As for religion being just as good as science, that I believe is patently absurd as well. The most progressive and humane nations in the world today are largely secular. Again, as I have already pointed out, religion has supported the development and rapid growth of the sciences, but at horrific cost. As the world grows steadily smaller it can no longer support the capitalistic and feudalistic systems that support religion.
 

ahrkron

Staff Emeritus
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A couple comments,

Originally posted by Royce
Point 1.
Religion is as good in religious and spiritual matters as science is is good in science and physical matters.
It seems to me that this statement is basically void.
Every human activity is "good" when evaluated using its own criteria. An extreme example woould be to say that "antisemitism is as good in race-perfecting matters as science is in physical matters".

The only way to break the tautology would be to use a criterion that applies to both... which is where the problem starts.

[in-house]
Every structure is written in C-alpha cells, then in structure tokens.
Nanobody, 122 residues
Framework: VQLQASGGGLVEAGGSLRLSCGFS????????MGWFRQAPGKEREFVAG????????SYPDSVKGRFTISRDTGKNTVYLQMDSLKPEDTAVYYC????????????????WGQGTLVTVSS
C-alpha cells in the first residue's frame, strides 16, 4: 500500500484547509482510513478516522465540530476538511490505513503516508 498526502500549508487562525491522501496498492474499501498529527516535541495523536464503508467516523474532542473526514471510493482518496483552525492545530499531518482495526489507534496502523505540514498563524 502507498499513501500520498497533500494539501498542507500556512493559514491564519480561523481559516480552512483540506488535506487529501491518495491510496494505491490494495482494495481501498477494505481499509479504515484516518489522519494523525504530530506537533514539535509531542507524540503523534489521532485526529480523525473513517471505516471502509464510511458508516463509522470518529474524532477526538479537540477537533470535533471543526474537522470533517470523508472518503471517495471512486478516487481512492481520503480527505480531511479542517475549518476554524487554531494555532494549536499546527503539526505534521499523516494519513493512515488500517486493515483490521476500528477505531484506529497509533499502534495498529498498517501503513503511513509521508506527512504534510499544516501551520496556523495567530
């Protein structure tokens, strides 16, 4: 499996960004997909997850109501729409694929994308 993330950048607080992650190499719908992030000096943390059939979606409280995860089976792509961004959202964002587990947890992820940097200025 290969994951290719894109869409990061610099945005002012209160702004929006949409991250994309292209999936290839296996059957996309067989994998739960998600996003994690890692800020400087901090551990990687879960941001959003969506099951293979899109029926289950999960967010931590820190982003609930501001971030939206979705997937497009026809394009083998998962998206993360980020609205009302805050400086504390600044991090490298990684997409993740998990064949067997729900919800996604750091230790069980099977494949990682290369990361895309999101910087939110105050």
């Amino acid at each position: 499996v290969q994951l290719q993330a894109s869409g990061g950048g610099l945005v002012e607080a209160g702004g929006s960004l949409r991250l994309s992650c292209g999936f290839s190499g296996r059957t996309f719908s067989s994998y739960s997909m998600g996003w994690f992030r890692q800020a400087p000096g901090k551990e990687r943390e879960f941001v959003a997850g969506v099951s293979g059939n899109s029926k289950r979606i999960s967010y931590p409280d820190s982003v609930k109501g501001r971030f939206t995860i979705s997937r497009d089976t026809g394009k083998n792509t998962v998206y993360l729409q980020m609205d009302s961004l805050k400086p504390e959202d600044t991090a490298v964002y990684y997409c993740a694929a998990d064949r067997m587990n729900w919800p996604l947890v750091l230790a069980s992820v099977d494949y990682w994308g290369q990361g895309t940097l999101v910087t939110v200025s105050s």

Pt 2.
Both science and religion are valid appropriate fields of study and contemplation.
Again, in order to treat them on the same footing (and evaluate how "valid" or "appropriate" they are), we would need to agree to a criterion. In principle, such criterion should not be contained on either (or be equally important in both). This is a hard task, since they basically cover all of our experiences (making it difficult to find a criterion outside both of them) from very different perspectives (which makes it hard to find a criterion shared by both with equal importance).

Pt 3.
Both science and religion are, to us laymen, a matter of trust beleif and faith.
I think this is should not be the case.
It is very unfortunate that science education sometimes ends up teaching "scientific dogma", and making people memorize data and "laws".

The very essence of science is the method, not the results. Memorizing free fall equations and the value of g is no different to religion (acceptance based on authority).

The difference comes when a student understands how such equations correspond to reality. When he takes a wrist watch and times a rock falling, either by himself or in a school lab.

Once this happens, it is not any more the same kind of "faith", since then he knows how every step should relate to experiences.